Wednesday, December 17, 2008

Sunday, December 14, 2008

Ames Room Mix CD

Modern Classical Ambient Mix

Ames Room

Part 1
Untitled Found Cassette, Audio Diary Cole Pierce
Chimaerica - Johann Johannsson - Fordlandia
Powoli - Jacaszek - Treny
Budeie Med Sigd - Svarte Greiner - Til Seters
IV. A final shaking - de Waart, Edo - Shaker Loops
Section III - Chris Schlarb - Twilight & Ghost Stories

Part 2
Tendrils In Vigne - Gregg Kowalsky - Tendrils In Vigne
Death and Possible Dreams - Roam The Hello Clouds - Near Misses
Au Clair de la Lune--French folk song (1860 Phonautogram) Phonautogram by Édouard-Léon Scott de Martinville Recorded on April 9, 1860: 1861 Deposit, Académie des Sciences (No. 324), Number 5
Reversed Flames - Tape - Mort Aux Vaches
Untitled Found Tape, Answering Machine Messages - Cole Pierce
Uusi Aamu - Hannu - Worms in my Piano
Disconnected - Twine - Violets

Part 3
1 - CoH - Super Suprematism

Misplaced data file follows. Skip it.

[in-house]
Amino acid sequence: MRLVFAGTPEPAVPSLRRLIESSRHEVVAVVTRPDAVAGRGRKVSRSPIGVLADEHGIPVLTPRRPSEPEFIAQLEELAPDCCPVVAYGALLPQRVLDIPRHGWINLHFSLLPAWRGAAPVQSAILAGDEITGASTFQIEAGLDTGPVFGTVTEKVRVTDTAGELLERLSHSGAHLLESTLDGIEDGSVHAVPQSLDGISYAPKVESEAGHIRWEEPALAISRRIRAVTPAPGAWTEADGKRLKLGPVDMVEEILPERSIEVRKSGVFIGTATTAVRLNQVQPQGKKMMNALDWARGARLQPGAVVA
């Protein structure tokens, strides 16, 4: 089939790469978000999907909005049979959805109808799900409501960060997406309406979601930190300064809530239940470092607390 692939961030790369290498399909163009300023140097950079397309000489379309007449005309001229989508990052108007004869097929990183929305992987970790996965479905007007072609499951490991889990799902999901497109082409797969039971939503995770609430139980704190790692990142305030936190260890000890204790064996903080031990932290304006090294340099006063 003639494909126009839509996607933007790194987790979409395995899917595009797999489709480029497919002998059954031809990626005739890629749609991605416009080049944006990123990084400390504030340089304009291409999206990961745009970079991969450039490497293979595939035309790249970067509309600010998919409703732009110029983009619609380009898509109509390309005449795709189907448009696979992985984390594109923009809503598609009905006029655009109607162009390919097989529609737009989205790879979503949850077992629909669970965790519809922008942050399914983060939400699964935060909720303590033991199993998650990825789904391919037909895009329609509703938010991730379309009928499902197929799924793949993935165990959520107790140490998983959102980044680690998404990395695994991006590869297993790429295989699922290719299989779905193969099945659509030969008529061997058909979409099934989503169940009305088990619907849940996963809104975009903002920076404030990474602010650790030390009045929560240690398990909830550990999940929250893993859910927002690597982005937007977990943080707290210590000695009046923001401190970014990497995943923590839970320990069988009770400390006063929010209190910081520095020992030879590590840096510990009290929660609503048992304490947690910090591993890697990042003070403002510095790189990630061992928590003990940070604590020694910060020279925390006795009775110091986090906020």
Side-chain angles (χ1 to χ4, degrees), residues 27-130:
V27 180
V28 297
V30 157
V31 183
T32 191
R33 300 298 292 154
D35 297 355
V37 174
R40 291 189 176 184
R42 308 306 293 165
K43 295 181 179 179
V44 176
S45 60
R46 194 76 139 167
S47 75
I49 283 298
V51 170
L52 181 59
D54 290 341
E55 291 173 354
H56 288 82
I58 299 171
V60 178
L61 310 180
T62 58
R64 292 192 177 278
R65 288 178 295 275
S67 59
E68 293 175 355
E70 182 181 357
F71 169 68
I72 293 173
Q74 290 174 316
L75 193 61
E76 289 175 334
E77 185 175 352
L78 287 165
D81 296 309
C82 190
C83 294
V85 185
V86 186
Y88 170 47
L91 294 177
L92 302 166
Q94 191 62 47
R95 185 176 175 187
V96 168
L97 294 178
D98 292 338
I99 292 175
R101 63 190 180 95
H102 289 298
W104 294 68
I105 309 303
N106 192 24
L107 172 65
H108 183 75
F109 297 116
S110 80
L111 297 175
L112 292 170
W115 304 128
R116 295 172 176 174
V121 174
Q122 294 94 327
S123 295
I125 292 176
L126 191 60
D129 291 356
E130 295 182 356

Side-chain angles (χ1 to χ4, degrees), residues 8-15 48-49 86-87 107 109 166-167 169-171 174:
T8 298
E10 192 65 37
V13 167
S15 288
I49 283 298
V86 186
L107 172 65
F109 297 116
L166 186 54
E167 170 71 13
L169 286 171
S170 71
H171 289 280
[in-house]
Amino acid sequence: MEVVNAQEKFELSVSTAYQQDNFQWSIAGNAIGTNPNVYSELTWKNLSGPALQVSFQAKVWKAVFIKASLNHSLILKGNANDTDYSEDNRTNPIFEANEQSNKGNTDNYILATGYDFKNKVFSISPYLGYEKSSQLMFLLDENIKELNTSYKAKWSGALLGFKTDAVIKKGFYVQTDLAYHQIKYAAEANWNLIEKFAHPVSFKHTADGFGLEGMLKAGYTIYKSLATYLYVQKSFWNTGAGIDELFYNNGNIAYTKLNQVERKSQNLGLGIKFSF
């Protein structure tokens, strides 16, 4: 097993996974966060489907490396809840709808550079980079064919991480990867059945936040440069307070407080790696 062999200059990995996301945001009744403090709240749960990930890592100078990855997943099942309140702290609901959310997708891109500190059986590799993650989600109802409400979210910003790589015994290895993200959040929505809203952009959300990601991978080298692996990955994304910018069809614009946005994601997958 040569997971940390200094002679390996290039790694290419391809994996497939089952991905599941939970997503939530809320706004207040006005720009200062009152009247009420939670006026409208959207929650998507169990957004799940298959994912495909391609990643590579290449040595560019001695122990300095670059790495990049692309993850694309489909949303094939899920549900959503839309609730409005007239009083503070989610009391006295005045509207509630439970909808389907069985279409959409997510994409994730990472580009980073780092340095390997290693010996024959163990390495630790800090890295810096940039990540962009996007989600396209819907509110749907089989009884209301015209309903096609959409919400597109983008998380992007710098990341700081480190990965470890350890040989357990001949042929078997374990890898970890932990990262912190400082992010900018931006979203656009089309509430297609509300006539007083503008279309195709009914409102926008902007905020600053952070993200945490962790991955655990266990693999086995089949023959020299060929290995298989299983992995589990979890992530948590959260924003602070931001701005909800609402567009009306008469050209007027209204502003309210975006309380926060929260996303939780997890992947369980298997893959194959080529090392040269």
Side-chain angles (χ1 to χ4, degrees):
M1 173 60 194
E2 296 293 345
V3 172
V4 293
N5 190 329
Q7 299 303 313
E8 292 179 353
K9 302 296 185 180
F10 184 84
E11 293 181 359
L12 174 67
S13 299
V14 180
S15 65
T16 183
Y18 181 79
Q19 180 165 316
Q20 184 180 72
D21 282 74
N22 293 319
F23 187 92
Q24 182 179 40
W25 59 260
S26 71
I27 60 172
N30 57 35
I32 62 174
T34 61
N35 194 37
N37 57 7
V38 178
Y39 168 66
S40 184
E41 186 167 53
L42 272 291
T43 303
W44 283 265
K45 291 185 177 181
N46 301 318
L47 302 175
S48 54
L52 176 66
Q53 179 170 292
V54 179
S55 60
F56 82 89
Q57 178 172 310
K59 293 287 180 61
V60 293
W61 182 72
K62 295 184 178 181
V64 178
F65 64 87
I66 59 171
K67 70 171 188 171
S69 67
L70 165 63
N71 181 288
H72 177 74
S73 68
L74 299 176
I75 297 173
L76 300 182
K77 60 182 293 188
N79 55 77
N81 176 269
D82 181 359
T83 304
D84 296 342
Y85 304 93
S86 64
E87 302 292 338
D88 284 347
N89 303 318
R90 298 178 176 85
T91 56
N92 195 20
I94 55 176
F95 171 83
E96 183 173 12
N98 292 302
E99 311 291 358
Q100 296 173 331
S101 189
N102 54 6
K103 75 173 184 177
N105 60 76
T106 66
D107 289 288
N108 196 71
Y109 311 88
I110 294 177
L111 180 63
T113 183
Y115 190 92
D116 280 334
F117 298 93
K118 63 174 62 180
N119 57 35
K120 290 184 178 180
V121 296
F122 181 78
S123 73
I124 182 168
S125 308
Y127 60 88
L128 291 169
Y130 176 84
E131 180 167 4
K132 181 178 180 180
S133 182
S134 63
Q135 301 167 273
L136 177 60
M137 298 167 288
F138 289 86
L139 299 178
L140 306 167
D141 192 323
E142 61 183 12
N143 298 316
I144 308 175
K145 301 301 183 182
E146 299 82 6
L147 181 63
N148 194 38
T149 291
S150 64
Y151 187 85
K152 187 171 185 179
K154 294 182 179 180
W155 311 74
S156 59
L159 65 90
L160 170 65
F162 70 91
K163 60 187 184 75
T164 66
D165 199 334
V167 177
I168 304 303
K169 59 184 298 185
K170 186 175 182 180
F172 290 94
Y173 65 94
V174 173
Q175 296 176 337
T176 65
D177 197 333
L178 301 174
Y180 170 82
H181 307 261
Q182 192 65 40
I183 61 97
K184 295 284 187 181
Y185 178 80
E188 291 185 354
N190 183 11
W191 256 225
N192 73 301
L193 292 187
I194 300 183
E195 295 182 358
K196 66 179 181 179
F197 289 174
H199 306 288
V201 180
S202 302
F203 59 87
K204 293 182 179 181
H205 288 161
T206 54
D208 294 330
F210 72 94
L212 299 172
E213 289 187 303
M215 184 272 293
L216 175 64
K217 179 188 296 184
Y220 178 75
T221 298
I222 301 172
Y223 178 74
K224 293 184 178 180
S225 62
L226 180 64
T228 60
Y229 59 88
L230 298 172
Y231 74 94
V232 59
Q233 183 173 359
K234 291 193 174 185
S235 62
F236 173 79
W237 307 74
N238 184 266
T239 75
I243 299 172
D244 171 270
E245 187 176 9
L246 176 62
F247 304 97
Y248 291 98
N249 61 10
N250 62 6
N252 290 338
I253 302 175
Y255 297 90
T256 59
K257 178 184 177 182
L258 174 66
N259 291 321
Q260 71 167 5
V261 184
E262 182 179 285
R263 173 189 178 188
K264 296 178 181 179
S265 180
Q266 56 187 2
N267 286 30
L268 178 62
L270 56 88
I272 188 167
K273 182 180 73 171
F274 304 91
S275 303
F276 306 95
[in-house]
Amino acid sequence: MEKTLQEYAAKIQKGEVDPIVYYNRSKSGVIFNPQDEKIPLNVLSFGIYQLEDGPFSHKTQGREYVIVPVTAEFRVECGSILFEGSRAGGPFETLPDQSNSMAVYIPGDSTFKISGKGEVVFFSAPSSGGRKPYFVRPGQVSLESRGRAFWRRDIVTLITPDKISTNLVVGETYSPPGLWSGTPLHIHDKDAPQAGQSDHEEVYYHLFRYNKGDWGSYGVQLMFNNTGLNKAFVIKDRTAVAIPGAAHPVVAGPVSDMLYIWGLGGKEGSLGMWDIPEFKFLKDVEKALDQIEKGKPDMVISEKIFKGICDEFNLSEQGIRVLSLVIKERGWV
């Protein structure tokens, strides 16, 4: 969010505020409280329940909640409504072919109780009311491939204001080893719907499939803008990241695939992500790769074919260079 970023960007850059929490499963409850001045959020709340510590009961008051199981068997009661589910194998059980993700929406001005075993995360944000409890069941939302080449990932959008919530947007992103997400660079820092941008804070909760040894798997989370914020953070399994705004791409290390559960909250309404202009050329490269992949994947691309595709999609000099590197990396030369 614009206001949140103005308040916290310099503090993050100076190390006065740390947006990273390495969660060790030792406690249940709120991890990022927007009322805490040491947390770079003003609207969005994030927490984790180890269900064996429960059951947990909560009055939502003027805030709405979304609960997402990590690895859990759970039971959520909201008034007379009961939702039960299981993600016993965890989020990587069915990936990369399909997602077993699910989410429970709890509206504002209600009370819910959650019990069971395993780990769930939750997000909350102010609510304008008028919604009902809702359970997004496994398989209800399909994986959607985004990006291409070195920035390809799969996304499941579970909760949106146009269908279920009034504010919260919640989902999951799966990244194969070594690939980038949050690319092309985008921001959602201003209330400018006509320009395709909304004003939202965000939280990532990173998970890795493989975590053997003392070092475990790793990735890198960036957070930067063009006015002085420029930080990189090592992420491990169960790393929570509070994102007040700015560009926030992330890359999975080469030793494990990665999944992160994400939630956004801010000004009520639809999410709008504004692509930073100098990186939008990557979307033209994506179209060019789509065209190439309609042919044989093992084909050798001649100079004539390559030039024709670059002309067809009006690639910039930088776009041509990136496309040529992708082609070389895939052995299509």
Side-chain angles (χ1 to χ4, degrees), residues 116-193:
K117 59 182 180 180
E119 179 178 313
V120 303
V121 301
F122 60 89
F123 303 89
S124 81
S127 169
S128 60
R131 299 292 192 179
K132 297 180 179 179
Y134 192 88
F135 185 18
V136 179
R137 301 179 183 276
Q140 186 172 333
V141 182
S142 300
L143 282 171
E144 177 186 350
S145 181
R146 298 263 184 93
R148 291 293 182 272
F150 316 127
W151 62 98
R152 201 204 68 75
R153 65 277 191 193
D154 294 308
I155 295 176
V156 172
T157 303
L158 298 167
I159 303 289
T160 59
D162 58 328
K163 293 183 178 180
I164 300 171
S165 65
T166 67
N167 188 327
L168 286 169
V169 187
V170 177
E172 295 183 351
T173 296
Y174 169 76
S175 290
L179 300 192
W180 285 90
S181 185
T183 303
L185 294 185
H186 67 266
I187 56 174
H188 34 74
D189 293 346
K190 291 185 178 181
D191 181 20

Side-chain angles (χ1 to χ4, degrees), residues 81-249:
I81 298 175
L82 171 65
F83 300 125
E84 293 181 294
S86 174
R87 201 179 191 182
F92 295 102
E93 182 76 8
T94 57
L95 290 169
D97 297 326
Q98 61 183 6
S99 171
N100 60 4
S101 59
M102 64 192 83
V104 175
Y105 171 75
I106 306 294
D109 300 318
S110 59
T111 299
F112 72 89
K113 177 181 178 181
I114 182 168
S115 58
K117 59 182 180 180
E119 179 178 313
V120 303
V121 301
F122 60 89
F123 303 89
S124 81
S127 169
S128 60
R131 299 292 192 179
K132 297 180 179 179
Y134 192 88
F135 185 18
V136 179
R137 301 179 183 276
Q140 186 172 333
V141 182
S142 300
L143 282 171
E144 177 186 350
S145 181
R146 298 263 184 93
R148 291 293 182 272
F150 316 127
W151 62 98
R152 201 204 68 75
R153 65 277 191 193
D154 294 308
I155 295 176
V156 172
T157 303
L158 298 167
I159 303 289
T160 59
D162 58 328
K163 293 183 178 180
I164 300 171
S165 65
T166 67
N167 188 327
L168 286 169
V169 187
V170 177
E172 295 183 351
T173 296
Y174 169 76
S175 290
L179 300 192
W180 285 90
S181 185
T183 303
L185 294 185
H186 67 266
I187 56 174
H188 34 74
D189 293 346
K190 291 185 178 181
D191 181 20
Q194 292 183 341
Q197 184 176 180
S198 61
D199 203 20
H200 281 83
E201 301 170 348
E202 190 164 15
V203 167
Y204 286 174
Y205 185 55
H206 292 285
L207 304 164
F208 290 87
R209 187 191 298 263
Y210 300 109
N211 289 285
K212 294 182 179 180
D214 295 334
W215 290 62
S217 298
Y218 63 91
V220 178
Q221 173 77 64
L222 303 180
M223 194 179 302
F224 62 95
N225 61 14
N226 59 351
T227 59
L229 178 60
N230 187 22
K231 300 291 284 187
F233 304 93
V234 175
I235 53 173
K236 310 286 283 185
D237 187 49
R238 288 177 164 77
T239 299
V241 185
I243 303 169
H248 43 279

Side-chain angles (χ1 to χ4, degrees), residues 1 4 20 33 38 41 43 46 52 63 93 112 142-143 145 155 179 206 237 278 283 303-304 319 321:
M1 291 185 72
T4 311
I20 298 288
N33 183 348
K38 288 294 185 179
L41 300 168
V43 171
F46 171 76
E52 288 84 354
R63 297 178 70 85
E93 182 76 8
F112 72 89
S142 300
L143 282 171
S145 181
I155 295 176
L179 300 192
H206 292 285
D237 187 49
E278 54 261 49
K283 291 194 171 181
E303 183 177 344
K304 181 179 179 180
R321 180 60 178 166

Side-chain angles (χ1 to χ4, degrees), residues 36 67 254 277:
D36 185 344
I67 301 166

On A Desolate Shore A Shadow Passes By - FENNESZ - On A Desolate Shore A Shadow Passes By
Make Haste - Koen Holtkamp - Make Haste
i auzi, mandra, pitigoiul (1951) - elena constantinescu - Michael May Mix 000
Clear Music - Nico Muhly - speaks volumes

ps (wikipedia)

An Ames room is a distorted room that is used to create an optical illusion. Probably influenced by the writings of Hermann Helmholtz, it was invented by American ophthalmologist Adelbert Ames, Jr. in 1934, and constructed in the following year.

An Ames room is constructed so that from the front it appears to be an ordinary cubic-shaped room, with a back wall and two side walls parallel to each other and perpendicular to the horizontally level floor and ceiling. However, this is a trick of perspective and the true shape of the room is trapezoidal: the walls are slanted and the ceiling and floor are at an incline, and the right corner is much closer to the front-positioned observer than the left corner (or vice versa).